Friday, December 22, 2006
New Instrument to Probe Mars Surface for Signs of Life with Unprecedented Precision
Urey Detector to hunt for organic molecules at part-per-trillion sensitivity
Scripps Institution of Oceanography / University of California, San DiegoFuture missions to Mars will carry instruments designed to detect biological signals with unprecedented sophistication and the potential to determine once and for all whether life exists or has existed on the Red Planet.
An instrument developed by a scientist at Scripps Institution of Oceanography at UC San Diego, along with his colleagues at the Jet Propulsion Laboratory in Pasadena, UC Berkeley, NASA's Ames Research Center in Menlo Park and the Leiden Institute of Chemistry in the Netherlands, is designed to provide the most rigorous analysis possible for the past and present biotic potential of Mars' surface.
Scripps Oceanography Professor Jeffrey Bada will discuss details of the "Urey Mars Organic and Oxidant Detector" during the 2006 American Geophysical Union Fall Meeting (Friday, Dec. 15, at 1:40 p.m. in Moscone West Room 3024).
Elements of the Urey instrument include the Mars Oxidant Instrument (MOI), the Mars Organic Detector (MOD) and the Sub-critical Water Extractor (SCWE).
"Urey will be the most aggressive attempt yet to find out whether there is any evidence that life ever existed on Mars," said Bada. "If we discover convincing evidence for life on Mars, it will be the first demonstration that life may be ubiquitous in the universe wherever the conditions are favorable. This is a once-in-a-lifetime opportunity to carry out a cutting-edge investigation of whether life exists beyond Earth."
The Urey instrument, named after the late Nobel Laureate and UC San Diego scholar Harold Clayton Urey, will perform the first in-situ search for key classes of organic molecules in the Martian environment using state-of-the-art analytical methods at part-per-trillion sensitivities.
"Urey will able to detect key molecules associated with life at a sensitivity roughly a million times greater than previous instrumentation," said Bada, a professor of marine chemistry and director of the NASA Specialized Center of Research and Training in Exobiology at Scripps. "It will be the first instrument to have the capacity to detect amino acids, along with other possible biomolecules, and determine their origin on another planet."
Urey has been selected for the "Pasteur" payload of the European Space Agency's ExoMars rover mission, a Mars exploration mission scheduled for launch in 2011 that will focus on exobiology, the science of life in space and on other planets. ExoMars will include a highly mobile rover with a drill capable of extracting soil samples two meters below the Mars surface.
A compact instrument that you can hold in your hand, Urey will search for trace levels of organic molecules, such as amino acids and some of the components of DNA and RNA, by heating and analyzing spoon-sized amounts of Martian soil. The molecules released from the heating are condensed on a "cold finger," a trap cooled to Mars' night time temperature, and then probed with a laser.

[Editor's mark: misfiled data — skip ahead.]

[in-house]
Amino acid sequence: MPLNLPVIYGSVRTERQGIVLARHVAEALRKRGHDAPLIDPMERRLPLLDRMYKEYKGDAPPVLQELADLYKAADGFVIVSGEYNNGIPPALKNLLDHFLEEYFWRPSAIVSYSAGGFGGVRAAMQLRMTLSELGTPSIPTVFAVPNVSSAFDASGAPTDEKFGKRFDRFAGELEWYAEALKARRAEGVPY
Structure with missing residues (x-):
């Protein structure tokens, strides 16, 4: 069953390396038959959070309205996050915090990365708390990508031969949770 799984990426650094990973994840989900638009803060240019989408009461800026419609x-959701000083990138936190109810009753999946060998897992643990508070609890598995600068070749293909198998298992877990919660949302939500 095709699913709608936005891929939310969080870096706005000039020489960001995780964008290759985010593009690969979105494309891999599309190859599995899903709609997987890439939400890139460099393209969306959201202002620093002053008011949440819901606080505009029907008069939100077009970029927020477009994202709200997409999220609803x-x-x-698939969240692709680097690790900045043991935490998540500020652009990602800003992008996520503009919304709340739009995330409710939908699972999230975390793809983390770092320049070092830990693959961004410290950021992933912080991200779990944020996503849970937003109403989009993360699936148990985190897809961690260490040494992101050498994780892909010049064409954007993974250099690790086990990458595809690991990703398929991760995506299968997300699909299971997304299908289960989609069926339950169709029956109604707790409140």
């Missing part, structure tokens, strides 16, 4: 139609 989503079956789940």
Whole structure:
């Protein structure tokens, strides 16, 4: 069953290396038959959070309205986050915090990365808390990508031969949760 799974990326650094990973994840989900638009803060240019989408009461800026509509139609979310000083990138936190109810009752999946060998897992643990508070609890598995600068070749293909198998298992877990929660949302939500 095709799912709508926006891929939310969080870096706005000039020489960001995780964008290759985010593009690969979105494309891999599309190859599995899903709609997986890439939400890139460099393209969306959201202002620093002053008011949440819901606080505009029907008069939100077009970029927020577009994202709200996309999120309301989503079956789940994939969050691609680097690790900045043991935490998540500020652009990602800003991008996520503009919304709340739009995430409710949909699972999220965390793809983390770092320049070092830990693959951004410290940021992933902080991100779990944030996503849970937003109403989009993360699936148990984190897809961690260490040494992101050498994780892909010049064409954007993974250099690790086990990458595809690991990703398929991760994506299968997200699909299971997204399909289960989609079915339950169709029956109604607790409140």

If amino acids are detected, the instrument examines the chirality, or "handedness," of the molecules to determine whether they come from biological sources. Non-biological amino acids contain nearly equal amounts of left- and right-handed forms, while those from organic matter exhibit excessive amounts of one hand or the other. Amino acids on Earth use only left-handed amino acids.
"Testing for chirality provides an unambiguous way of detecting life," said Bada. "So if we see a significant excess of right-handed amino acids, the only conclusion that's possible is: Eureka! We've detected unique Martian life that's not related to Earth life whatsoever."
Bada indicated that digging deep into the Martian soil is vital to the mission since ultraviolet and cosmic radiation have likely eliminated any potential indications of life on the planet's surface.
"Humans are incredibly intrigued about the possibility of life beyond Earth," said Bada. "We're at a moment in time when we are going to be addressing this issue in the most robust way that's ever been attempted. I think it is extraordinarily interesting that if we do detect life on Mars, it not only provides us with an opportunity to try and understand how life began on that planet, but also will help us understand how life began on our own planet."
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Scripps Institution of Oceanography, at University of California, San Diego, is one of the oldest, largest and most important centers for global science research and education in the world. The National Research Council has ranked Scripps first in faculty quality among oceanography programs nationwide Now in its second century of discovery, the scientific scope of the institution has grown to include biological, physical, chemical, geological, geophysical and atmospheric studies of the earth as a system. Hundreds of research programs covering a wide range of scientific areas are under way today in 65 countries. The institution has a staff of about 1,300, and annual expenditures of approximately $155 million from federal, state and private sources. Scripps operates one of the largest U.S. academic fleets with four oceanographic research ships and one research platform for worldwide exploration.
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